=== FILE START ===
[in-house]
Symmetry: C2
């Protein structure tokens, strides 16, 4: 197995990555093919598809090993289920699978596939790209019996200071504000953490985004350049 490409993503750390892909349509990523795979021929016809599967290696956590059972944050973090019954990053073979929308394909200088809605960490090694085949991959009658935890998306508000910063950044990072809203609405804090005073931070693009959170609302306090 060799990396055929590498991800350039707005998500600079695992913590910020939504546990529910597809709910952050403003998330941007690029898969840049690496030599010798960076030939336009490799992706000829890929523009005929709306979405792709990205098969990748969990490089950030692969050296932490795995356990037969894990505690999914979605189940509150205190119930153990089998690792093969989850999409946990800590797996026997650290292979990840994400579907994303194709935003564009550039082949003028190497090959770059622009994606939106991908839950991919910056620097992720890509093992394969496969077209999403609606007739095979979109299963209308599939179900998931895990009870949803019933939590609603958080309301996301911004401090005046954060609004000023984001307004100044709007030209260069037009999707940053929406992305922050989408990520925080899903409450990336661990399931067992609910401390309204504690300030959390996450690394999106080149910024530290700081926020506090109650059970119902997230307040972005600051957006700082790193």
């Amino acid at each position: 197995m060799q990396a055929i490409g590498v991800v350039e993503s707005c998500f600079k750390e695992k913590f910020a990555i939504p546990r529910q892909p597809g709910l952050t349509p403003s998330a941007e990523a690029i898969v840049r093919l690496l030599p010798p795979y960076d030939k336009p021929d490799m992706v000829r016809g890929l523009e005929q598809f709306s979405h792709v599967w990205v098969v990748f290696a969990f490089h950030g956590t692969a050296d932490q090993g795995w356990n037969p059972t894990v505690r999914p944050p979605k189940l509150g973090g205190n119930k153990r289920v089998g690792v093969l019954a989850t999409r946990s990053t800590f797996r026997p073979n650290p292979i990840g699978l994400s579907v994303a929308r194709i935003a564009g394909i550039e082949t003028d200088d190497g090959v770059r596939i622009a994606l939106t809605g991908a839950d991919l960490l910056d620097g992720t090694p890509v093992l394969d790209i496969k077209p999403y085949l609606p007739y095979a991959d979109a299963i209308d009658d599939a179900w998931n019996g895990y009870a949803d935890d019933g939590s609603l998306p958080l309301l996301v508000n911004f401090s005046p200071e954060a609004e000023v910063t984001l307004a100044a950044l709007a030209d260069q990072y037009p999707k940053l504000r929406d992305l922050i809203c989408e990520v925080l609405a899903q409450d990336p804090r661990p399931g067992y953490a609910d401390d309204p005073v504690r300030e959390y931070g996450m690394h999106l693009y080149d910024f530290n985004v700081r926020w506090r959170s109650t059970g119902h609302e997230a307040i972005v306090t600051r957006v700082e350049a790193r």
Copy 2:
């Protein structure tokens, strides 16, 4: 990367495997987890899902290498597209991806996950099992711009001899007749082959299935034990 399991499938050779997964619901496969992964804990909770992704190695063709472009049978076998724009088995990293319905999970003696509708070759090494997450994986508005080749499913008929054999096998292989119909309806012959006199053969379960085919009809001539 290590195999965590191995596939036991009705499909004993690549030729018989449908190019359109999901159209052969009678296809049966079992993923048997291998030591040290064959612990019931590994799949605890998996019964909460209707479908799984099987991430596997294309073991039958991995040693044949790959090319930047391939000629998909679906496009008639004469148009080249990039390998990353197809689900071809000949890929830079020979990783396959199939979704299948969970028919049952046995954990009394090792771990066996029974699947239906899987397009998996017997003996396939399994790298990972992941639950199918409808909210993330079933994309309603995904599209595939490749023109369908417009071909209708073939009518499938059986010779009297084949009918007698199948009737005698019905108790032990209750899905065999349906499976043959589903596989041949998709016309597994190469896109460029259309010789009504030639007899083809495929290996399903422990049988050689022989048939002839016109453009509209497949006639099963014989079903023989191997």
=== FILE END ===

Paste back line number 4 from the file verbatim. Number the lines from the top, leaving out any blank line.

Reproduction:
């Amino acid at each position: 197995m060799q990396a055929i490409g590498v991800v350039e993503s707005c998500f600079k750390e695992k913590f910020a990555i939504p546990r529910q892909p597809g709910l952050t349509p403003s998330a941007e990523a690029i898969v840049r093919l690496l030599p010798p795979y960076d030939k336009p021929d490799m992706v000829r016809g890929l523009e005929q598809f709306s979405h792709v599967w990205v098969v990748f290696a969990f490089h950030g956590t692969a050296d932490q090993g795995w356990n037969p059972t894990v505690r999914p944050p979605k189940l509150g973090g205190n119930k153990r289920v089998g690792v093969l019954a989850t999409r946990s990053t800590f797996r026997p073979n650290p292979i990840g699978l994400s579907v994303a929308r194709i935003a564009g394909i550039e082949t003028d200088d190497g090959v770059r596939i622009a994606l939106t809605g991908a839950d991919l960490l910056d620097g992720t090694p890509v093992l394969d790209i496969k077209p999403y085949l609606p007739y095979a991959d979109a299963i209308d009658d599939a179900w998931n019996g895990y009870a949803d935890d019933g939590s609603l998306p958080l309301l996301v508000n911004f401090s005046p200071e954060a609004e000023v910063t984001l307004a100044a950044l709007a030209d260069q990072y037009p999707k940053l504000r929406d992305l922050i809203c989408e990520v925080l609405a899903q409450d990336p804090r661990p399931g067992y953490a609910d401390d309204p005073v504690r300030e959390y931070g996450m690394h999106l693009y080149d910024f530290n985004v700081r926020w506090r959170s109650t059970g119902h609302e997230a307040i972005v306090t600051r957006v700082e350049a790193r």